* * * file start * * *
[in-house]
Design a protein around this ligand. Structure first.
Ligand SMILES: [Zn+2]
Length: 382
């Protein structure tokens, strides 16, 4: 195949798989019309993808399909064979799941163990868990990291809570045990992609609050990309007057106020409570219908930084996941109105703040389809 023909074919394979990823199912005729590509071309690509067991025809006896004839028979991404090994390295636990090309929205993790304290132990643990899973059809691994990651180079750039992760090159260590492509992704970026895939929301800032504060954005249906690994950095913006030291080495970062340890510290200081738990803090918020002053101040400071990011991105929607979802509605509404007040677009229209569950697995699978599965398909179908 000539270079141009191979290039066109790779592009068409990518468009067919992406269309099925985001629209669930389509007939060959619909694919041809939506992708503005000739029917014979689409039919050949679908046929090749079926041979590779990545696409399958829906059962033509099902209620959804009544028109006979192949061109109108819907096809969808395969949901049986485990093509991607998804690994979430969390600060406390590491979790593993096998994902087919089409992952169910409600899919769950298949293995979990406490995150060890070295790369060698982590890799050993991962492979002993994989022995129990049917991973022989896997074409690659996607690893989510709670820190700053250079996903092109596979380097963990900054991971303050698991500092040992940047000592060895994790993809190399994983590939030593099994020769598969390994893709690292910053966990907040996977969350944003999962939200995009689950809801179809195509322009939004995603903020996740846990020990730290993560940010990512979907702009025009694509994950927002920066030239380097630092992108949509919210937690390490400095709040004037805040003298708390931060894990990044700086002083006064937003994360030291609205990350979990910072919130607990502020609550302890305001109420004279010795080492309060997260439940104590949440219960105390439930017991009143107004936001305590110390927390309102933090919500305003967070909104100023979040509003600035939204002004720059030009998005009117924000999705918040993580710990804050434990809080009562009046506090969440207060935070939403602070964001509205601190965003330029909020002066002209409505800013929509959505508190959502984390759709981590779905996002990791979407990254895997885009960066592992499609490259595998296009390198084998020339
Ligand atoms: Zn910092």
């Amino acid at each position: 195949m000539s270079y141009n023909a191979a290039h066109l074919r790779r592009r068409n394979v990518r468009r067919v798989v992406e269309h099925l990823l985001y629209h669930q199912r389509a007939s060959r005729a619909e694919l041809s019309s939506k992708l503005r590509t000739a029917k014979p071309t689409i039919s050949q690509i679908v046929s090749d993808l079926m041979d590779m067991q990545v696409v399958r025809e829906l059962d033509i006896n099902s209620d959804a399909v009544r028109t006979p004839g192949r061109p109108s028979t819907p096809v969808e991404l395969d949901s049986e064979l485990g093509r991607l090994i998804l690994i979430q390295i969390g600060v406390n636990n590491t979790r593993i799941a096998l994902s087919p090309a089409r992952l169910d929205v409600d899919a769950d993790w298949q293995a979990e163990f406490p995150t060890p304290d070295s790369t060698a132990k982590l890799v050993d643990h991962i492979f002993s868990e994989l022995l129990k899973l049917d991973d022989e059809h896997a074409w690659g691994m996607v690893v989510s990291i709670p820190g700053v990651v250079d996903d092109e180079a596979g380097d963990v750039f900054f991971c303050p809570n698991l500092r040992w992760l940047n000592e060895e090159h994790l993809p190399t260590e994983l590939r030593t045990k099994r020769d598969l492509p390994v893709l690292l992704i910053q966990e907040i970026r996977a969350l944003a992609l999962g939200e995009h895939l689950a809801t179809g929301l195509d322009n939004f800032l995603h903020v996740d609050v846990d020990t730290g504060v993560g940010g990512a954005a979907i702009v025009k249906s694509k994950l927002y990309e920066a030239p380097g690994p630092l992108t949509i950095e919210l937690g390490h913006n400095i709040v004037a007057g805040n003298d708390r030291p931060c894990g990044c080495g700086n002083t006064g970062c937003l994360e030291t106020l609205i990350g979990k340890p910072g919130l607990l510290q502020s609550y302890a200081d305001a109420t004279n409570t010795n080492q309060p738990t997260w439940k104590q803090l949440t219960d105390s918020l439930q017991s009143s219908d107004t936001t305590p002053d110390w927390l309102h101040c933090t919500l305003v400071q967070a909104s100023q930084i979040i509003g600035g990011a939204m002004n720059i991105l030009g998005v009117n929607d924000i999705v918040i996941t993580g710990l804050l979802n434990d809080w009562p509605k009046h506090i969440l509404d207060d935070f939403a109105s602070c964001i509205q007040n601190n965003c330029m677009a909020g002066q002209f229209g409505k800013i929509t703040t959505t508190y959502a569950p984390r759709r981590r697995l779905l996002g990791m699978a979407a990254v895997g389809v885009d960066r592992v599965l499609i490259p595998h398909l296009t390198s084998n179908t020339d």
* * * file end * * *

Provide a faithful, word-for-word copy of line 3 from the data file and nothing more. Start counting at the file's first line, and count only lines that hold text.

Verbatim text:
Ligand SMILES: [Zn+2]